23. Take a golfing class.
24. Own a business. [A nerdy tax accounting business?]
25. Teach a course.
26. Become fluent in French.
27. Know basic Spanish.
28. Take a course at Oxford.
29. Learn what all of the buttons and settings do on my SLR digital camera.
30. See an opera at the Met.
31. Spend a day at the Hermitage in St. Petersburg.
32. Spend a day at the Louvre in Paris.
33. Go to Oktoberfest in Munich.
34. Go to Carnaval in Brazil.
35. Become a better swimmer.
36. Go to a petting zoo in Australia.
37. Have afternoon tea at the Ritz.
38. Learn to play guitar.
39. Learn to play the drums.
40. Learn to make my mom's favorite recipes.
41. Take a special someone to Russia with me.
42. Own a summer home. Or start with becoming a homeowner.
43. Participate in a tea ceremony in Kyoto.
44.Wait by the stage door after a concert and meet one of my favorite bands.
45. Go to a taping of the Daily Show. 
46. Go skinny dipping.
47. Take a road trip across the U.S. 
48. Make my own strawberry jam.
49. Make a quilt.
50. Ride in a helicopter.
51. Have tapas in Barcelona.
52. Go to a wine festival.
53. Own a pair of authentic cowboy boots.
54. Make a pie from scratch.
55. Make a pizza from scratch.
56. Bake bread.
57. Commission a portrait.
58. Go mushroom hunting.
59. Get my wisdom teeth pulled.
60. Cook in a Le Creuset dutch oven.
61. Learn to drive a standard.
62. Organize a book club.
63. Resurrect the Finer Things Club.
64. Learn to play a few Christmas Carols on the piano. Host a Christmas sweater party.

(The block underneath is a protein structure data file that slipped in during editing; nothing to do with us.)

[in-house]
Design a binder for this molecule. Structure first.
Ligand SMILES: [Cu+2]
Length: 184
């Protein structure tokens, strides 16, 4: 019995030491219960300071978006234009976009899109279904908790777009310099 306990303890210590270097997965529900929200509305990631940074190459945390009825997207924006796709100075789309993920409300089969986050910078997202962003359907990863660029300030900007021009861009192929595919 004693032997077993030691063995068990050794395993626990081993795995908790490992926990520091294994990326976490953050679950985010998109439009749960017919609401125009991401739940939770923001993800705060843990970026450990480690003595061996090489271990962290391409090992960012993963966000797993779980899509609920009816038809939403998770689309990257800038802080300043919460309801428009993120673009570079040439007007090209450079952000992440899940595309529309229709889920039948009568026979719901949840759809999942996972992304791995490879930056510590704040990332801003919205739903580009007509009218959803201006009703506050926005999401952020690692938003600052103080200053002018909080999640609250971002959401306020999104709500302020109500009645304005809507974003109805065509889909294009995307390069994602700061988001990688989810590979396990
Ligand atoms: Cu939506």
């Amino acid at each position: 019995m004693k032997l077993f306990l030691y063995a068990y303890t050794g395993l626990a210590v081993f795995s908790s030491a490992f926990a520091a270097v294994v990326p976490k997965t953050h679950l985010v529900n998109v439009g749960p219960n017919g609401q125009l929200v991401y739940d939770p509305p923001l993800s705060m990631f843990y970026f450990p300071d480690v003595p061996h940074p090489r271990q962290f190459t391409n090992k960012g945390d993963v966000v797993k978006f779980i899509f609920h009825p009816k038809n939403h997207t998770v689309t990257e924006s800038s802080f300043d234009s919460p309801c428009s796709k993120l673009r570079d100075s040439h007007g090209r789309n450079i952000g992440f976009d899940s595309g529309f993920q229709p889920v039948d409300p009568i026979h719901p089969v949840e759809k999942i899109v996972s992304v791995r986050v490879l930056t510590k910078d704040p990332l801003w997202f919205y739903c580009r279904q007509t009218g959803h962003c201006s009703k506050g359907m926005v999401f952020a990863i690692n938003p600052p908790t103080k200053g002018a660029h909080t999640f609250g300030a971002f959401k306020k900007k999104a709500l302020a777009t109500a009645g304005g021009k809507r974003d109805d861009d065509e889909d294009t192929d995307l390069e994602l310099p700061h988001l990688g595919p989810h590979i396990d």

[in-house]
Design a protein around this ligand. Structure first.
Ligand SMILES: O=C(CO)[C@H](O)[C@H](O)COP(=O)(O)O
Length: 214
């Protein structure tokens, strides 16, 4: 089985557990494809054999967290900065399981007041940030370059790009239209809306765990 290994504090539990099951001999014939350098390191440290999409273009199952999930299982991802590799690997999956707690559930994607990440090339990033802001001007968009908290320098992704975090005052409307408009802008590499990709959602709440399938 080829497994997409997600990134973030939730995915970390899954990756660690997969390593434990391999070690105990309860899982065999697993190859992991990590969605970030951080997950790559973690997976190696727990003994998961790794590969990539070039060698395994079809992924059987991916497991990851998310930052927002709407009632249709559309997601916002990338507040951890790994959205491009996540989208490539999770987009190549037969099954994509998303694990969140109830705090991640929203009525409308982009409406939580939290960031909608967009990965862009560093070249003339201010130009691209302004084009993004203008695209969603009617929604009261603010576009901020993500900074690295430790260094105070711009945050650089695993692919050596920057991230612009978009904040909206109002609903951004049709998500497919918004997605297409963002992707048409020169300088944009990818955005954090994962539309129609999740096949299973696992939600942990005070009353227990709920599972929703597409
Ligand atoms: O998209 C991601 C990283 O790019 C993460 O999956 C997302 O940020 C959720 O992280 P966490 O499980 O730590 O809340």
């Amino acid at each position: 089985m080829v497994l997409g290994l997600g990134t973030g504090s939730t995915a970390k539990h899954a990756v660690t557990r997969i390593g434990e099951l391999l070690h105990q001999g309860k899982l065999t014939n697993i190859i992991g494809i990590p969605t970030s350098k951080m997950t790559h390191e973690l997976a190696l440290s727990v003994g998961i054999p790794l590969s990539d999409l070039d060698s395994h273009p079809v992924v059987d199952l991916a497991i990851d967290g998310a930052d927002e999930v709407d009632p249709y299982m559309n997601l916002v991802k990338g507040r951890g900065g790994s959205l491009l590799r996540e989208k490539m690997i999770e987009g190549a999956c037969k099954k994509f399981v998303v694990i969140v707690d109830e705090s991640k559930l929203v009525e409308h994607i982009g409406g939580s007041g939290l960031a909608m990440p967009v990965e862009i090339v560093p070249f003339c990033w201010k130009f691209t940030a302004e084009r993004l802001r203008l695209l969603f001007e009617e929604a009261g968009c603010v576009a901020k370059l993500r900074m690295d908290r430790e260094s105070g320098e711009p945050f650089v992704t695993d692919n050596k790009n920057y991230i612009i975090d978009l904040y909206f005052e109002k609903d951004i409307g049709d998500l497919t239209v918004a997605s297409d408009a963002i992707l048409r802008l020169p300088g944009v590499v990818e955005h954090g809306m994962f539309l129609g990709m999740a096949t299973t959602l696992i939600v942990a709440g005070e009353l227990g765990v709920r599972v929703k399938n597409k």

65. Go sailing.
66. Read Les Miserables.
67. Make more traditions with friends and family.
68. Try hot buttered rum.
69. Letterpress something.
70. Get my master's degree.
71. Be admitted to practice in front of the Tax Court.
72. Work in a winery. 
73. Host a fancy pants dinner party.
74. Go to the Stanley Cup finals.
75. Take a cooking class in France.
76. Meet an alpaca.
77. Spend a night on a train.
78. See a drag queen show.
79. See all of Frank Lloyd Wright's houses that are open to the public. (1/??)
80. Fire a gun.
81. Really learn wine.
82. Give a heartfelt, touching, and witty toast in public.
83. Spend a week on a farm. 
84. Host a Thanksgiving dinner wherein I cook the turkey.
85. Pick out a pumpkin from the pumpkin patch.
86. See a drive-in movie.
87. Have a Wikipedia entry.
88. Go to Vegas.
89. Buy a stock on my own.
90. Participate in CSA, community-supported agriculture.
91. Walk the Golden Gate Bridge.
92. Go on a serious hike.
94. Try 1,000 new things.
95. Learn how to eat a crab.
96. Cover my fridge with magnets from places I have visited.
97. Be able to parallel park with confidence.
98. Order the tasting menu at a fancy pants restaurant.
99. Wear a dirndl.
100. Read every book I own.
 photo from Serious Eats, "How to Roast a Pig on a Spit"

Monday, June 21, 2010